READER FRIDAY: What inspired you to write & what keeps you going?

Sometimes it’s a good reminder to ask what inspired us to pursue our shared passion to write and hear from others on what keeps them going.

Two-part question:
1.) What was the biggest influence that inspired you to take up writing?
2.) What inspiration keeps you going now?

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About Jordan Dane

Bestselling, critically-acclaimed author Jordan Dane’s gritty thrillers are ripped from the headlines with vivid settings, intrigue, and dark humor. Publishers Weekly compared her intense novels to Lisa Jackson, Lisa Gardner, and Tami Hoag, naming her debut novel NO ONE HEARD HER SCREAM as Best Books of 2008. She also pens young-adult novels for Harlequin Teen. Formerly an energy sales manager, she now writes full time. Jordan shares her Texas residence with two lucky rescue dogs.

17 thoughts on “READER FRIDAY: What inspired you to write & what keeps you going?

  1. Authors have always been my heroes. I love stories and want to be a part of that. Deadlines keep me writing!

    • I never knew writers in real life until I committed to writing in hopes of getting published. Now my life is richer for having so many writer friends.

      Deadlines are always good. Thanks, Warren.

  2. I can’t remember a specific inciting incident, but I remember the draw came in grade school, very young. I don’t remember what grade you first start writing sentences (first or second?) but I do remember being in awe that you could put your own communication together in words. I thought that was the awesomest thing ever. 😎

    Then came sweep-me-away books like Zane Grey’s, and I was also in awe of the stories they put together for westerns like Gunsmoke or Bonanza and started to wonder if maybe I could do that too. Then in later grade school and again in middle school, I won a couple of writing contests. I’ve always been drawn to buddy or team fiction.

    I’ve lost a little of that inspiration in adult life because adulting isn’t nearly as much fun as being a kid 😎 but the inspiration is slowed down, not dead. I still think the written word is an amazing form of communication and I still believe it can have a profound impact on the reader, just as many great books did for me.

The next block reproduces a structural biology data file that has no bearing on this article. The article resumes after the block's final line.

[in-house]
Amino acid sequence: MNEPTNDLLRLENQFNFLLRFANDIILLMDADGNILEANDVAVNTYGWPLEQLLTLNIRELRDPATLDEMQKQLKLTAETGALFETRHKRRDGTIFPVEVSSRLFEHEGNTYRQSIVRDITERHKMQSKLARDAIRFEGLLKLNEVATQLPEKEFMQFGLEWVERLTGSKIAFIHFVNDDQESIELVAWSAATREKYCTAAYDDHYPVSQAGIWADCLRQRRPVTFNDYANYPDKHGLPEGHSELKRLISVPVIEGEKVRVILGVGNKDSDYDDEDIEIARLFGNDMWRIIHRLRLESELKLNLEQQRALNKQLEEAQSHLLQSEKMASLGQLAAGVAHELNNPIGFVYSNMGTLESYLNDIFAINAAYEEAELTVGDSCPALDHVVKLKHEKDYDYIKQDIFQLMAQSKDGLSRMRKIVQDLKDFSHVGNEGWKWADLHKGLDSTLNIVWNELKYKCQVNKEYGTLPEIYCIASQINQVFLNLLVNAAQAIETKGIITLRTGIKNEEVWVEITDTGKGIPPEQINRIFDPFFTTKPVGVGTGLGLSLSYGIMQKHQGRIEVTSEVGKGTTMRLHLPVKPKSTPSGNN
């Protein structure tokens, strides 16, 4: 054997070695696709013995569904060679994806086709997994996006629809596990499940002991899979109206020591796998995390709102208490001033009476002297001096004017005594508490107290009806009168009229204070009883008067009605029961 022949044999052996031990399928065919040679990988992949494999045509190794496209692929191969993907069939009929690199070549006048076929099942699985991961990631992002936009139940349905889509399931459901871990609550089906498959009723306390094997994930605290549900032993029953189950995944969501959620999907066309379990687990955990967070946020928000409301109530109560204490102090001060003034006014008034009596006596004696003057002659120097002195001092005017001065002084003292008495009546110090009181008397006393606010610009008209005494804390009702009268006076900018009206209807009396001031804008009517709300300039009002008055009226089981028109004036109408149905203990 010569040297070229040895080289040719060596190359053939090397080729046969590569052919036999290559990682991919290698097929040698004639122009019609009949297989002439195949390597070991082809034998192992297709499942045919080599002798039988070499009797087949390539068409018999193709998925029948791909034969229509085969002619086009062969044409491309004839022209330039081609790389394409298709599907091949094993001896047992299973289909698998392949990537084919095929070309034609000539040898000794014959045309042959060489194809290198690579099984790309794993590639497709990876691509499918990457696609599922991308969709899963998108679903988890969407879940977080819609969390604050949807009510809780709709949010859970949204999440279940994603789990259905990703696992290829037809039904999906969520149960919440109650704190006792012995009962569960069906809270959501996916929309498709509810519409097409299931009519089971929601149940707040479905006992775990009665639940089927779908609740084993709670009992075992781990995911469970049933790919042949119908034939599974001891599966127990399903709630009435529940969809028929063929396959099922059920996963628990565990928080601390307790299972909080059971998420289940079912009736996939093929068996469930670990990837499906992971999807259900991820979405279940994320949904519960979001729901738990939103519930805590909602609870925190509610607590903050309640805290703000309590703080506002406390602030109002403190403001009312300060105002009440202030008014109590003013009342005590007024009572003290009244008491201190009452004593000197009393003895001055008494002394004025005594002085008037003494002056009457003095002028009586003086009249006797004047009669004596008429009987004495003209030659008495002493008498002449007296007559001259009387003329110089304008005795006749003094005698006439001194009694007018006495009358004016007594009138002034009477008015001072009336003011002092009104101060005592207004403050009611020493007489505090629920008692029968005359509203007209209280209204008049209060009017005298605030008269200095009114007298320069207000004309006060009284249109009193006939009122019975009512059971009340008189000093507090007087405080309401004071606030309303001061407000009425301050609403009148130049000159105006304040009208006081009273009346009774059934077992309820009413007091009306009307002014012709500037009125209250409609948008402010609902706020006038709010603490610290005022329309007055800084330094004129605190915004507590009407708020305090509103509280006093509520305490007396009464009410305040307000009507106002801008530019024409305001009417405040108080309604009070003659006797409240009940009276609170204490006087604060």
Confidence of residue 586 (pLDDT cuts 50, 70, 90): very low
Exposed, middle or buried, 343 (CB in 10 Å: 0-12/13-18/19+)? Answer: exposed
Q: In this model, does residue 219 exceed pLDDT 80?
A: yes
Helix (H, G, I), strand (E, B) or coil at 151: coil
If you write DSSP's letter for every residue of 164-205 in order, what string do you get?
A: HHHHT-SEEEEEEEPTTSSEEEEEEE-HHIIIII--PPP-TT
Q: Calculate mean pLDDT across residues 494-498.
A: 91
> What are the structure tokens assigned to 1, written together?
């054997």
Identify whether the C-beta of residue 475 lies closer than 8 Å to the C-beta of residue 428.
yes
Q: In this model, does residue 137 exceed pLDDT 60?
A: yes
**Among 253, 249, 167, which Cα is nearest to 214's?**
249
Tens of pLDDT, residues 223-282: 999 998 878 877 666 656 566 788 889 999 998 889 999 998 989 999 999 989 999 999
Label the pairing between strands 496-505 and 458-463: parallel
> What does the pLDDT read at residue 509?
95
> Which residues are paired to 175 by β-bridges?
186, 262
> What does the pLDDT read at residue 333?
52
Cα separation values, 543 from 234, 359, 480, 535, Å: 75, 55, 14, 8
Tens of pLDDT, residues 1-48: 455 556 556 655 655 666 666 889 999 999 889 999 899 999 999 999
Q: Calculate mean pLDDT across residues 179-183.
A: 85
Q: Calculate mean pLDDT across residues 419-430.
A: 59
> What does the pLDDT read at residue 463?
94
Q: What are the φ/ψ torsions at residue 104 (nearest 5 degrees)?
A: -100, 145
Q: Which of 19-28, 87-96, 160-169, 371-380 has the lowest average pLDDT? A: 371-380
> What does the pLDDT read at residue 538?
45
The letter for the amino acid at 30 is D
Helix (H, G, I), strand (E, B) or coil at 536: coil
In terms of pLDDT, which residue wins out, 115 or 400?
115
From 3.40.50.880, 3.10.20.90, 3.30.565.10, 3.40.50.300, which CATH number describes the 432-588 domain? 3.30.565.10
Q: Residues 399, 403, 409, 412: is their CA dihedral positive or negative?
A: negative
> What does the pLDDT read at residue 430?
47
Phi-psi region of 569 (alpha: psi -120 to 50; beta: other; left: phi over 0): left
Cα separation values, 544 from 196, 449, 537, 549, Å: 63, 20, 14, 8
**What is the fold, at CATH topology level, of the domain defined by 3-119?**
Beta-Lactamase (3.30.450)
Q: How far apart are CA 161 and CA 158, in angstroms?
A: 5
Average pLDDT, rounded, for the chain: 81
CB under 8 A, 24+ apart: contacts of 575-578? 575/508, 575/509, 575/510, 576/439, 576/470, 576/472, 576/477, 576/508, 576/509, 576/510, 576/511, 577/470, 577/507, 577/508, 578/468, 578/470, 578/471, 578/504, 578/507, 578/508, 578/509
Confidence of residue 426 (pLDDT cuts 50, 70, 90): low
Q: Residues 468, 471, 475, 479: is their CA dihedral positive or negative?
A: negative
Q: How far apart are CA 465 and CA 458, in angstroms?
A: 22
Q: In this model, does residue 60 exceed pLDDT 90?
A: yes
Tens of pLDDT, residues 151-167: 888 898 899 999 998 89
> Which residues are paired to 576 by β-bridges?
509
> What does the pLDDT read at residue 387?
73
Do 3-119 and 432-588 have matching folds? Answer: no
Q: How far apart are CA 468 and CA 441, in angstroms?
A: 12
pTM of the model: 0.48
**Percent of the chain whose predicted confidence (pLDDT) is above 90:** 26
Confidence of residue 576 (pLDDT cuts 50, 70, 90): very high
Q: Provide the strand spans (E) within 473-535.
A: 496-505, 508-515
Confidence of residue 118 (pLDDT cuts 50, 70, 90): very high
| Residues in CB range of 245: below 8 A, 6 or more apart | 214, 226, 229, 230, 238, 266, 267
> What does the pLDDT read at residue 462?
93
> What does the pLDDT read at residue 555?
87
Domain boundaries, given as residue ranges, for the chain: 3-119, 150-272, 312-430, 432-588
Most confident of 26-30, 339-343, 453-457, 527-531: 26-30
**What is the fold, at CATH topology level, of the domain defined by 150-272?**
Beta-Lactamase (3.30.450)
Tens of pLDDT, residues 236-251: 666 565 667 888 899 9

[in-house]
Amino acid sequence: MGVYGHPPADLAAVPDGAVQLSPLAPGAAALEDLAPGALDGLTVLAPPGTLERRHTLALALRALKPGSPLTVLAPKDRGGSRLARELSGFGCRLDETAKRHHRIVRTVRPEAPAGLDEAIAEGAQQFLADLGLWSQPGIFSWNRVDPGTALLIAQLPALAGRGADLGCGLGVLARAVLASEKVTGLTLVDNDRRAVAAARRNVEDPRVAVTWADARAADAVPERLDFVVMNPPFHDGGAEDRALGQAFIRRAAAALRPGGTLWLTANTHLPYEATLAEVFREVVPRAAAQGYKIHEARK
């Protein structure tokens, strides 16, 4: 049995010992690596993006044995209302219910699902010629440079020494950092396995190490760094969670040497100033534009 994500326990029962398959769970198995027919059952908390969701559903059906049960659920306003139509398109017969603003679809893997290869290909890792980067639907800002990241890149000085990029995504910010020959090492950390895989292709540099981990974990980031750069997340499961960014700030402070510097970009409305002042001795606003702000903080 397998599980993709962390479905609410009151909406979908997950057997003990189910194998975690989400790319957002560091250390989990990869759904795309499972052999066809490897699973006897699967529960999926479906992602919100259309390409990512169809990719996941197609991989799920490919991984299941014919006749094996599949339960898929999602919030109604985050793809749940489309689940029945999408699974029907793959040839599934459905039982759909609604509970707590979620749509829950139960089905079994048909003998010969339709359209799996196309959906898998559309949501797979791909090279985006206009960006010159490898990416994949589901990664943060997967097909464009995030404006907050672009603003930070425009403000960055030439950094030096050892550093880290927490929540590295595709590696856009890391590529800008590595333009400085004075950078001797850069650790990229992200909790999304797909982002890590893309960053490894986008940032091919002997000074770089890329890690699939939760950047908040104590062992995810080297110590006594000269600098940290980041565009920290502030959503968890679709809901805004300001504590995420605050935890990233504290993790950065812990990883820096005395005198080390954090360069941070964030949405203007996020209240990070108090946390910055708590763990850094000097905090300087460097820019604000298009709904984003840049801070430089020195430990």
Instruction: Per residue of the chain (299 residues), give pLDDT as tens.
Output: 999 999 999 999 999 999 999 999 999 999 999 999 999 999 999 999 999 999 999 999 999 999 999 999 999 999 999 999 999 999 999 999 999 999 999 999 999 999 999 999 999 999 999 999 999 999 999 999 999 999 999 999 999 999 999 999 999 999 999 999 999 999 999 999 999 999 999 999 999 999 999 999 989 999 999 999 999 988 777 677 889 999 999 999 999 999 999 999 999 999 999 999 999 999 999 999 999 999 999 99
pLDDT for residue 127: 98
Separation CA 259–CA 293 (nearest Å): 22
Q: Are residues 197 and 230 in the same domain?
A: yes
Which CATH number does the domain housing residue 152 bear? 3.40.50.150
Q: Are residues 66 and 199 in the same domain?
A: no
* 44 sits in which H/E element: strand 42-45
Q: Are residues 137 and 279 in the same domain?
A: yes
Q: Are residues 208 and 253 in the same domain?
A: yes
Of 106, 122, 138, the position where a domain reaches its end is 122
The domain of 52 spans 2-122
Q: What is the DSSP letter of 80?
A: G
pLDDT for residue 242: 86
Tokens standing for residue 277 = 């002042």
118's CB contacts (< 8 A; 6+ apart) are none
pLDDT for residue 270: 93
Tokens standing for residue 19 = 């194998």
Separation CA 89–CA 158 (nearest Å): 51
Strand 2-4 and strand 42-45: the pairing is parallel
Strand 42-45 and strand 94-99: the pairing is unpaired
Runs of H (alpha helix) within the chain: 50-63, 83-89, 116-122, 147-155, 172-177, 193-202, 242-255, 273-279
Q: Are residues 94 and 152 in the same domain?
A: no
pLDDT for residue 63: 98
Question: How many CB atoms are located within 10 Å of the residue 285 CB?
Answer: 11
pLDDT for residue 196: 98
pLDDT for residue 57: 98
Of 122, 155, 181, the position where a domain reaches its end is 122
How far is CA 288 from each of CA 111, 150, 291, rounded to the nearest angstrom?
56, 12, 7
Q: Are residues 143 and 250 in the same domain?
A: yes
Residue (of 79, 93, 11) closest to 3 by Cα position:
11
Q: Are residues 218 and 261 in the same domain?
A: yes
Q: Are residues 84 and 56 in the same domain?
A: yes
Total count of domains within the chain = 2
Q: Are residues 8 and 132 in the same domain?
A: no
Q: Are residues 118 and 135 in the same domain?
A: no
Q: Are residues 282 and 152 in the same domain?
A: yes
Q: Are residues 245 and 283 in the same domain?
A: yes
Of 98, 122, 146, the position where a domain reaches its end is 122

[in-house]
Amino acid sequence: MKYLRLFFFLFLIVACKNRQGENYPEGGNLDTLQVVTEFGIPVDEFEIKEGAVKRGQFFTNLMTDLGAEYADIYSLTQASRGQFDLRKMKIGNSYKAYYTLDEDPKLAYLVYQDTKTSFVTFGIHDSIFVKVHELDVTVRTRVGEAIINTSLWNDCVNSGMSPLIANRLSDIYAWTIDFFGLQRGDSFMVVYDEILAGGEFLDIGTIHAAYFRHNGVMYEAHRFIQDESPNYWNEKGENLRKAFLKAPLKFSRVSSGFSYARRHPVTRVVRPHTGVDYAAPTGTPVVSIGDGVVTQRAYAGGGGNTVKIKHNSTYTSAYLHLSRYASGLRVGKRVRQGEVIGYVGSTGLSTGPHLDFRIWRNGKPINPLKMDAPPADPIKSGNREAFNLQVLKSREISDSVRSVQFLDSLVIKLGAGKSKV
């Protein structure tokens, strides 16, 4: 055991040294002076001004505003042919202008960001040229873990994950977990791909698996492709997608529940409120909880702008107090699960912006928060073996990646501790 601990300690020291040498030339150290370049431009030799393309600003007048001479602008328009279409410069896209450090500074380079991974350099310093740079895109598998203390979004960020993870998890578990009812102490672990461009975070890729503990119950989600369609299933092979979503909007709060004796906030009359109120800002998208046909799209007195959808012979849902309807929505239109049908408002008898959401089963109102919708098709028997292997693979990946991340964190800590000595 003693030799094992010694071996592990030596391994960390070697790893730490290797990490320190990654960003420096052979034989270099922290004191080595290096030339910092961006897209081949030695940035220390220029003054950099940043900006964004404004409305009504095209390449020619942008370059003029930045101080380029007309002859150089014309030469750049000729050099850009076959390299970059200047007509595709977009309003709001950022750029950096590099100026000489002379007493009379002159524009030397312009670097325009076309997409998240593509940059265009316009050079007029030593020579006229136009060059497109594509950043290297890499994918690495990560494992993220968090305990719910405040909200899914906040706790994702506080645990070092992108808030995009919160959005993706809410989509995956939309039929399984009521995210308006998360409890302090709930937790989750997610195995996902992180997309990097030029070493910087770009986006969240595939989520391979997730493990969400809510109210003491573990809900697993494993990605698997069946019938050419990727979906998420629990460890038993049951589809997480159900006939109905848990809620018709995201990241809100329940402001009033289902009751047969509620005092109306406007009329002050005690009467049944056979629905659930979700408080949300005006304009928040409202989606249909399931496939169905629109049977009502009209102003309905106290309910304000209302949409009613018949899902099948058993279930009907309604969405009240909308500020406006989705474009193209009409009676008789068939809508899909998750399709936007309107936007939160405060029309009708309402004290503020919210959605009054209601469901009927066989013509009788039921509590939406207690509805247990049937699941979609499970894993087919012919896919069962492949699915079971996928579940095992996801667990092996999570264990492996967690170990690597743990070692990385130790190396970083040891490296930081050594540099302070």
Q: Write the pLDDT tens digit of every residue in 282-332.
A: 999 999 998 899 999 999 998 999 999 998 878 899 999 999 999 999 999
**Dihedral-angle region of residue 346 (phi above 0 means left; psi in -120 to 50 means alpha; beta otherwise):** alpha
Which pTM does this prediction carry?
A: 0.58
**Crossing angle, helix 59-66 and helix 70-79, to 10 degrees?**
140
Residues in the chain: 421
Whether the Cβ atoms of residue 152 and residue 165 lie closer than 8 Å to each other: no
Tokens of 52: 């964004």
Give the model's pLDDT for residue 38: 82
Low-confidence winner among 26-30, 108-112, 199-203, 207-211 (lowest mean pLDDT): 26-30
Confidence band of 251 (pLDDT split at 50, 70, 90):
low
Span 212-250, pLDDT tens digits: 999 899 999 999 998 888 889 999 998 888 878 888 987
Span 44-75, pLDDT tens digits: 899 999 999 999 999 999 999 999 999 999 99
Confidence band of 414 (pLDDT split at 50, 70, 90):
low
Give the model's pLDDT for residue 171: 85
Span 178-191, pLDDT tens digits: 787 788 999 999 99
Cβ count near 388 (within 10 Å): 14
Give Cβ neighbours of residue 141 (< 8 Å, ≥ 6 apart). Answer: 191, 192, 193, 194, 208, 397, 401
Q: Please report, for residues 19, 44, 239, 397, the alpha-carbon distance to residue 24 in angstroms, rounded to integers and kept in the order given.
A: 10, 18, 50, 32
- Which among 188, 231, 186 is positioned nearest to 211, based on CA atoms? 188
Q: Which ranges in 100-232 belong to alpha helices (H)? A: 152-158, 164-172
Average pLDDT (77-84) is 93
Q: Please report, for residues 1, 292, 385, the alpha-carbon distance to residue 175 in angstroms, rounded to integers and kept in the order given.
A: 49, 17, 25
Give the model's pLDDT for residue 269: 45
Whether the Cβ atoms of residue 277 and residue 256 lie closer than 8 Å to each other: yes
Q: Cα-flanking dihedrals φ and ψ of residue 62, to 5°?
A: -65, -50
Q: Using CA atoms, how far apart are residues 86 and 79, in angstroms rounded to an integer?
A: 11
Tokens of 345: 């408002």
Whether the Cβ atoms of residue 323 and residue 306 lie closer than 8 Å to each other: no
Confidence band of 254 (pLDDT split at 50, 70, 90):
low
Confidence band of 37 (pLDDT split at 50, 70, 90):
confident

• In elementary school, I read any Western I could get my hands on because of my love for horses. After puberty, I was drawn to the brooding loner men who rode the horses. From that influence, I discovered Robert Ludlum & his Bourne series. Ludlum was the first author I recognized his craft & he was the one who planted the idea in me to write.

      Don’t get me started on TV Westerns. Ha! Thanks, BK.

  3. I fell in love with writing when I started writing fanfiction in my teens. I had never known the wonders of putting my imagination on the page and letting other people experience it. I moved on to writing various flavored of fantasy in my 20s. Now in my late 30s, I’m slowing down a bit and rediscovering my love of cozy mysteries.

    Why do I write? Well, I can’t find the exact book I want to read. Where are the paranormal cozies with dragons? There’s witches and ghosts and psychics aplenty … but no dragons! Little dragons. That breathe ice and look like humans most of the time. And solve murder mysteries. πŸ˜€

    • I wrote Fanfic before I started original work. It gave me confidence until I took the leap. Thanks for the trip down memory lane, Kessie.

      You might try writing YA. Teen readers don’t have preconceived notions of genre. Mixing things up could be the next big trend.

  4. I don’t remember why I started writing. I do know that I always loved stories
    I write fiction because I have to.

  5. I can’t remember a time I didn’t love words. As soon as we started putting words together in sentences and reading the Dick and Jane books, I was hooked. I love the way a writer can change the impact of a piece by changing one word in a sentence or paragraph.

    Is it a natural progression then, to writing articles and stories? Where else would I be afforded the pleasure of using words to change someone’s perspective or affect their life?

    • Gravitating to words & story telling is natural for people who may turn into writers if they work hard & get it done. I think it’s important to recognize those skills & do something about it.

      Thanks, Suzanne.

  6. From a very young age (no more than 8 YO, maybe younger), I knew I was going to be a writer. The backup plan was to become an engineer to pay the bills and write on the side. But I was freelancing as a college freshman (for money, of course), so that set me on this wild and weird direction for the rest of my life. Still at it.

  7. It seems as if I’ve always been an avid reader. I don’t remember learning, but I’ve always loved it. I first became interested in mysteries from reading Nancy Drew mysteries. Then when I discovered Agatha Christie, I was hooked. It was she who inspired me to write. I saw her in an interview and she said that she was not anyone special, just a woman who loved to write. She said anyone could do it. I was intrigued. I always felt that writers were like celebrities and I could never compete. In English, I was ridiculed by the teacher and quit writing until college. I took some writing courses back then and was told that I was crazy and to get a “real” job. I quit again for many years until I retired. Now I am inspired by the way the delusion was shattered and I realize that I can do it. That, and my characters, keep me writing.

  8. Pingback: A Window Into My Life: What Inspires You To Write? - The Excited WriterThe Excited Writer

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